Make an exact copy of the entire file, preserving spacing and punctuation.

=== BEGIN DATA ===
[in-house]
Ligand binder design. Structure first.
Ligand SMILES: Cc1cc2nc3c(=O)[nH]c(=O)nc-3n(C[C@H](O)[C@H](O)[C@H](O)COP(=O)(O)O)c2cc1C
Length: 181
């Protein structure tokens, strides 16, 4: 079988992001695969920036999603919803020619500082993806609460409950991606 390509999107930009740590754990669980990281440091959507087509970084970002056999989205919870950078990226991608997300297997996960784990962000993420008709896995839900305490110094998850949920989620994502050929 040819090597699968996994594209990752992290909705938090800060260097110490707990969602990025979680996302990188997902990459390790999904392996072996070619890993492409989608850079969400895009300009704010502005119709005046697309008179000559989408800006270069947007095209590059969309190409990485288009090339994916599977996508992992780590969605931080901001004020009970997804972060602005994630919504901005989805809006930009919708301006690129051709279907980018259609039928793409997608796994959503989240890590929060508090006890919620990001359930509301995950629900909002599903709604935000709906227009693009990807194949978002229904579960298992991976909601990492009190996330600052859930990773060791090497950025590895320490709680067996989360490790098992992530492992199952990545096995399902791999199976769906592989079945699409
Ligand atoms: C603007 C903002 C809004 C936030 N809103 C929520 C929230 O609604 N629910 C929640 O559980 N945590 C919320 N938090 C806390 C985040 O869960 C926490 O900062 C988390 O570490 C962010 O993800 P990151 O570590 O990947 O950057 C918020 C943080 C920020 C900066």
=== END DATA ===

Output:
[in-house]
Ligand binder design. Structure first.
Ligand SMILES: Cc1cc2nc3c(=O)[nH]c(=O)nc-3n(C[C@H](O)[C@H](O)[C@H](O)COP(=O)(O)O)c2cc1C
Length: 181
């Protein structure tokens, strides 16, 4: 079988992001695969920036999603919803020619500082993806609460409950991606 390509999107930009740590754990669980990281440091959507087509970084970002056999989205919870950078990226991608997300297997996960784990962000993420008709896995839900305490110094998850949920989620994502050929 040819090597699968996994594209990752992290909705938090800060260097110490707990969602990025979680996302990188997902990459390790999904392996072996070619890993492409989608850079969400895009300009704010502005119709005046697309008179000559989408800006270069947007095209590059969309190409990485288009090339994916599977996508992992780590969605931080901001004020009970997804972060602005994630919504901005989805809006930009919708301006690129051709279907980018259609039928793409997608796994959503989240890590929060508090006890919620990001359930509301995950629900909002599903709604935000709906227009693009990807194949978002229904579960298992991976909601990492009190996330600052859930990773060791090497950025590895320490709680067996989360490790098992992530492992199952990545096995399902791999199976769906592989079945699409
Ligand atoms: C603007 C903002 C809004 C936030 N809103 C929520 C929230 O609604 N629910 C929640 O559980 N945590 C919320 N938090 C806390 C985040 O869960 C926490 O900062 C988390 O570490 C962010 O993800 P990151 O570590 O990947 O950057 C918020 C943080 C920020 C900066």